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Was It Bad Luck or Climate Change?

Hurricane Irma over the Virgin Islands at peak intensity on September 6, 2017 as the second most intense Atlantic hurricane on record in terms of sustained winds.

Related Link HNN Topic:  Climate Change

Last month, Hurricane Harvey dumped more rain on the Texas coast in a week than most states see all year. As I write, Florida is engulfed in a hurricane expected to cause tens of billions more in damage. We know rising sea levels mean higher storm surges. We know hotter air means potentially larger hurricanes with more rain and winds. What’s harder to say is whether we should blame these particular storms—or any other weather event—on global warming. This issue first came to the attention of most Americans in the wake of hurricanes Katrina and Rita, when the fate of New Orleans was in doubt. In a way, however, the question of bad luck versus climate change has been with us at least since the first Europeans arrived in America. And as it turns out, we’ve often gotten the answer wrong.

Climatically speaking, America has always been a land of variability and extremes. Early explorers and colonists arrived expecting climates in America to resemble those at the same latitudes in Europe, so that orange trees would grow in Maine and sugar and spices in Virginia. Instead they encountered America’s stronger continental seasons, with storms, frosts, and heat waves of a kind rarely felt in Western Europe.

Worse still, they arrived at the nadir of the so-called Little Ice Age. The mid-1500s to early 1600s—roughly the time from the Coronado expedition to the founding of colonies at Jamestown, Santa Fe, and Quebec—brought probably the fast cooling and lowest global temperatures of at least the past two millennia. Early colonial accounts include some remarkable extremes, including winters with heavy snows across the Gulf states, and when the James River froze halfway across at Jamestown and the Rio Grande all the way across around present-day Albuquerque. Much of today’s eastern US suffered exceptional droughts, and the Gulf of Mexico and Atlantic were unusually cold and stormy.

Re-examined with the help of new historical records, recent archaeology, and new techniques in climate reconstruction, much of early colonial history looks like a story of climate-related disasters. Jamestown’s infamous “starving time” during an extreme winter and unprecedented drought was only the best-known example. A sister colony in Maine gave up after a few months of severe cold in 1608. Early French colonies in New England and Canada suffered appalling rates of scurvy during the long winters. Things were no better in the South and Southwest. Officers in Hernando de Soto’s expedition wrote of “such great snows and cold we thought we were dead men.” The little-known conquistador Tristán de Luna brought a thousand colonists to Pensacola Bay in August 1559 and reported it was “the best port in the Indies.” Less than a month later, a hurricane smashed into the harbor, sinking nearly all his ships and supplies. In 1600, Juan de Oñate’s conquest of New Mexico nearly collapsed when drought and freezing weather brought conflict and hunger. Half his followers deserted, with one complaining that the climate was “eight months of winter and four of hell.” These climatic accidents changed the course of early colonial history.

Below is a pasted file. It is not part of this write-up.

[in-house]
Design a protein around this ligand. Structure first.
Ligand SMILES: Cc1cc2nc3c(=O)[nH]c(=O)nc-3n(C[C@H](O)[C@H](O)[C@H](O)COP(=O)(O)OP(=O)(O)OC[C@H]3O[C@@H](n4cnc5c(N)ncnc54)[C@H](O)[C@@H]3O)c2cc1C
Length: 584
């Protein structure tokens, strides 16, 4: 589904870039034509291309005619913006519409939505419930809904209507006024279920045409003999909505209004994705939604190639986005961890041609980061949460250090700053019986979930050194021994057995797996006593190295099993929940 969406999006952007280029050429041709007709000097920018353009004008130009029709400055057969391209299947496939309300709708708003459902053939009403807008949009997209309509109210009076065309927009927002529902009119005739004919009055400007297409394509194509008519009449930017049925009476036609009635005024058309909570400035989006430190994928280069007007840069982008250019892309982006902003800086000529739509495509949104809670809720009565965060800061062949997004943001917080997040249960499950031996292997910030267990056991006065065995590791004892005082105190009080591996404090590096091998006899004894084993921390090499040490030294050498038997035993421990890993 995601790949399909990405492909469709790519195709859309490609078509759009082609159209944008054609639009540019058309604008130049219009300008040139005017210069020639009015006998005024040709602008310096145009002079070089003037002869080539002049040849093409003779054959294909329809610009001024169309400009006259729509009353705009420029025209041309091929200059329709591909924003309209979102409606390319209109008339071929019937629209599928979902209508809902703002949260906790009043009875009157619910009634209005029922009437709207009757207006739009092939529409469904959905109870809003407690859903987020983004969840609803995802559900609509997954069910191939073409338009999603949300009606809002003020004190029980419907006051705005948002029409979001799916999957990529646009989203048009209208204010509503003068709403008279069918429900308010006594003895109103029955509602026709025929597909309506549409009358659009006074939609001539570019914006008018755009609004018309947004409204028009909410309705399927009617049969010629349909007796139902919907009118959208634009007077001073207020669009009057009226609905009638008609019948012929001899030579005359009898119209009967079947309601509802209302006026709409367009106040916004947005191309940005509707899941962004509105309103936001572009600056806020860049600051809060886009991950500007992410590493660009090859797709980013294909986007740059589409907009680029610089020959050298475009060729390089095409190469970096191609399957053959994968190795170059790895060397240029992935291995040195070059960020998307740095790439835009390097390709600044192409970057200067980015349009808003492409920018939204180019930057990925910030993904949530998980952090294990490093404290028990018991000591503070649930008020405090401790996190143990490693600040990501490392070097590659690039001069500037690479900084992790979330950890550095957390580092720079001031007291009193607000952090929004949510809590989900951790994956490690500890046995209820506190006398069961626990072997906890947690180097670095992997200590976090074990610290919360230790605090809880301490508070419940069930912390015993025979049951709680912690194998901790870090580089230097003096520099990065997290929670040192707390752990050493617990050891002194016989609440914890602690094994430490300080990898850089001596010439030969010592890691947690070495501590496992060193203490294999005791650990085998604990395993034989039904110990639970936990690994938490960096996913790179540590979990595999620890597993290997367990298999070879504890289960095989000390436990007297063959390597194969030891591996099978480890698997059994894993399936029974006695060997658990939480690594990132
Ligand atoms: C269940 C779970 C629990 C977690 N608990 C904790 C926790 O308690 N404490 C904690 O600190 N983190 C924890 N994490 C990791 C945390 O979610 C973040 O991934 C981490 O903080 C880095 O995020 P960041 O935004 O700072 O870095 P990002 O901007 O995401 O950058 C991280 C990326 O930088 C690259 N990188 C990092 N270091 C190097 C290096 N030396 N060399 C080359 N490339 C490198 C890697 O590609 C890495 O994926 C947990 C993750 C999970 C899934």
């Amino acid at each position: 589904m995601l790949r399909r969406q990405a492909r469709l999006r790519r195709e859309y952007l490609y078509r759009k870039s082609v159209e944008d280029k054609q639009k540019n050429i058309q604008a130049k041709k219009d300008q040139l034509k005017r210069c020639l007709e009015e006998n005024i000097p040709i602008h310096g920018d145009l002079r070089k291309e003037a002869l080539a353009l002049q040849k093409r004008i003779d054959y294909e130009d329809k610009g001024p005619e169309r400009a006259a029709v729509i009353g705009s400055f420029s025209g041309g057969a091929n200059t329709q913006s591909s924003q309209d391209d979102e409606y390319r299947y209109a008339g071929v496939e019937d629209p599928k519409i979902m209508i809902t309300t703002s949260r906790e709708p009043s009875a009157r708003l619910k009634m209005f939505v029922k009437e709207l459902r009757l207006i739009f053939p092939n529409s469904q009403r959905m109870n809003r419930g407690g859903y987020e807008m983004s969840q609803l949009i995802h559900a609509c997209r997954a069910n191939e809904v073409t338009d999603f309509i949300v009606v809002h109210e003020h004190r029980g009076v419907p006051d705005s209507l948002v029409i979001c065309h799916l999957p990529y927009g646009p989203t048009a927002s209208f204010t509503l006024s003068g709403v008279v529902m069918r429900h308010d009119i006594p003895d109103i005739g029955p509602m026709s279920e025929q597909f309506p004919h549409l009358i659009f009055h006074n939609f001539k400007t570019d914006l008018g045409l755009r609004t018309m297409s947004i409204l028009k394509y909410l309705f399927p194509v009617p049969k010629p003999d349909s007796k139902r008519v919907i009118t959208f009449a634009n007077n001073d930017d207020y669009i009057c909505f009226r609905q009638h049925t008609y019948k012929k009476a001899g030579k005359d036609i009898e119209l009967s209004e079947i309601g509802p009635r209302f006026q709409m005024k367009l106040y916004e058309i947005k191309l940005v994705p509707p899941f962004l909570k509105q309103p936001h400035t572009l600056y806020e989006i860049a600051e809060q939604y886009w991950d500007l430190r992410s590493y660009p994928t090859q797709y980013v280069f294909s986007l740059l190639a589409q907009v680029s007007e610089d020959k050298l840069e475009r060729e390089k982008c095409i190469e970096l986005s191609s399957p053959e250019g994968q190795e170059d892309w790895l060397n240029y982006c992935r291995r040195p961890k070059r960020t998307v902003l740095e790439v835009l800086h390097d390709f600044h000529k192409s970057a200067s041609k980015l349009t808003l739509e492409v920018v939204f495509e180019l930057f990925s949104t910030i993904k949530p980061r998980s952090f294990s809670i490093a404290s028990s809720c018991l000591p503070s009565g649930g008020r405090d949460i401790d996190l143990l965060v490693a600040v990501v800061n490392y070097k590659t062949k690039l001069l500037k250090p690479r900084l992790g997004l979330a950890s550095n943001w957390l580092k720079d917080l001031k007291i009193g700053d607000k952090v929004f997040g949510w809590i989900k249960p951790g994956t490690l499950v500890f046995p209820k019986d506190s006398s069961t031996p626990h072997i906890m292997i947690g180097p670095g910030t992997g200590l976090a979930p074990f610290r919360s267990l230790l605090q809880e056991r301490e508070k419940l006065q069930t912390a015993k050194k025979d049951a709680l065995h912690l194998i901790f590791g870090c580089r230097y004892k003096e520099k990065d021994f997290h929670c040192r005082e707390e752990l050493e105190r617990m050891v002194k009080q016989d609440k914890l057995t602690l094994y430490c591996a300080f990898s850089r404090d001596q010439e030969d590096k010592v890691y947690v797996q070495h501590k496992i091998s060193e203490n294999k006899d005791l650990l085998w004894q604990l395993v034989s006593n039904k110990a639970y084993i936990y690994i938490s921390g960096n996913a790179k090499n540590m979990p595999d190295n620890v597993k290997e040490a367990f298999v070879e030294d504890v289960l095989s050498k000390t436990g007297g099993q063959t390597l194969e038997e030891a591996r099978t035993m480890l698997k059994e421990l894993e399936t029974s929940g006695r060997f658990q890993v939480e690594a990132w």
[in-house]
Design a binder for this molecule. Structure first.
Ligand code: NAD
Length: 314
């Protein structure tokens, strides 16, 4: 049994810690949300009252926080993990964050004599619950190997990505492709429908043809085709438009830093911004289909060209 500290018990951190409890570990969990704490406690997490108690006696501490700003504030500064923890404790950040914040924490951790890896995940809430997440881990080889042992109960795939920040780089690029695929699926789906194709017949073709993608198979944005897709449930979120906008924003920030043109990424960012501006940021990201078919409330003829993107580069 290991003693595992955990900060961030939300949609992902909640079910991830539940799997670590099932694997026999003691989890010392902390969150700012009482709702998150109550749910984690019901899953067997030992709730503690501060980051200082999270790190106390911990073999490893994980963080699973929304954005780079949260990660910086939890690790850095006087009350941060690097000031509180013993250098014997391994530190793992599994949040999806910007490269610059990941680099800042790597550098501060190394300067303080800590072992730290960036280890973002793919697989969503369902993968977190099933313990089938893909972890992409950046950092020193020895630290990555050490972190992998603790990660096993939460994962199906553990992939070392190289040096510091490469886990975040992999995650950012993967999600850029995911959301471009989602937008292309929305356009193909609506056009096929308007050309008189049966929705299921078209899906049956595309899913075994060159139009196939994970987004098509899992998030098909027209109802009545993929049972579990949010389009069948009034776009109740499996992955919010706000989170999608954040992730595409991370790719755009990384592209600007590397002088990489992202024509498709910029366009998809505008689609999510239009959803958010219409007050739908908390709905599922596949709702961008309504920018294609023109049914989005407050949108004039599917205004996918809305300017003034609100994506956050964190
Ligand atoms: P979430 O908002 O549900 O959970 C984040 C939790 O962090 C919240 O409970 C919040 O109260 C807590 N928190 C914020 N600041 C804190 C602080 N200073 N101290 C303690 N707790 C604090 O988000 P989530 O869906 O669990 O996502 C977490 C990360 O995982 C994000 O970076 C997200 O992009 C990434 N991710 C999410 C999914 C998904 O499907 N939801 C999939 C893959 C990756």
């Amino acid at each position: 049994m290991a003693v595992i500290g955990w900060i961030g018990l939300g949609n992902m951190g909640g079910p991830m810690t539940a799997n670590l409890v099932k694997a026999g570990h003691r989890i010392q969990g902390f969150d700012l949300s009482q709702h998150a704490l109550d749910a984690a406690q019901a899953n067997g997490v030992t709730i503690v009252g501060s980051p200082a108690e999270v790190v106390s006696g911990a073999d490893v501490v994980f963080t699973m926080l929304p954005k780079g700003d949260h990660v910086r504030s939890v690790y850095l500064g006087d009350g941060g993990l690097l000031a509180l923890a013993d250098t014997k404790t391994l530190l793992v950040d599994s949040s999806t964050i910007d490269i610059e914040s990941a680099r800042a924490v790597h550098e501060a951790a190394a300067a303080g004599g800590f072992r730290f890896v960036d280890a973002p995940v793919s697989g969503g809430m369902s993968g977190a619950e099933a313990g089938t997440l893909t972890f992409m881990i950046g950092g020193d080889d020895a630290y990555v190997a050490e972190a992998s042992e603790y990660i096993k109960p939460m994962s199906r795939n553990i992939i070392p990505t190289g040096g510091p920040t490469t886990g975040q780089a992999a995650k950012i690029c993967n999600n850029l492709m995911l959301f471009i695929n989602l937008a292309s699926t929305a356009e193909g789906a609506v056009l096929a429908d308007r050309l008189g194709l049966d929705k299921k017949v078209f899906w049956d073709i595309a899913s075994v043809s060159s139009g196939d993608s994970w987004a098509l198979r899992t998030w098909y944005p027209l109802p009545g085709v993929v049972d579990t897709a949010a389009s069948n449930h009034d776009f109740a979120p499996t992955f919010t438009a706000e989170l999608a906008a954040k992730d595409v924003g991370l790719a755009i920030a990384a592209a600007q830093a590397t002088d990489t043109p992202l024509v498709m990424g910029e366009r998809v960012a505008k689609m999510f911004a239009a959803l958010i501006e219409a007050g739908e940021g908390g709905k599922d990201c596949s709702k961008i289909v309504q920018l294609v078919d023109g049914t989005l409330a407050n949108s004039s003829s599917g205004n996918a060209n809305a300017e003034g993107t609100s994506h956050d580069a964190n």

Yet the issue for early colonists was not so much the climate or weather as the uncertainty. Extremes of the Little Ice Age only added to the real challenge, which was to figure out what to expect from the New World and to prepare accordingly. Every storm or extreme season in America raised the same questions: Was it just an anomaly, or something to be expected here from now on? Was it just bad luck, or a change of climate? Without the data or science to answer those questions, colonial plans were swayed by the exaggerated praise of promoters and despair of detractors. Good opportunities were abandoned for fear of worse to come, while other ventures ignored climatic realities and met disaster.

Modern progress in weather measurement and climate science should have helped Americans avoid those mistakes again, but often didn’t. Thomas Jefferson thought the mild years after the mid-1700s meant farming had improved America’s climate. (They hadn’t.) The cold decade of the 1810s raised apprehensions of global climatic disorder. Over the following century, Americans debated whether the West could grow plantation crops, whether it was all a great desert, and whether rain would “follow the plow.” (It didn’t) In our times, the reality of man-made global warming has been met with a mix of denial and apocalyptic fears rather than informed national policy. Optimism and anxiety, political prejudices and economic interests guided debates about climates then as now.

If present global warming continues to accelerate, we will soon enter a “no analog” situation, where past experience offers little guide to actual climates. In effect, we’re crossing into another new world, as far as climate goes. Our circumstances have changed a lot since early colonial times and the Little Ice Age. Unfortunately, our thinking about climate hasn’t changed enough. Too often, climate remains an abstraction onto which Americans project their hopes and fears. At least now we have solid climate science and climate models as well as history to help guide us, if only we choose to use them.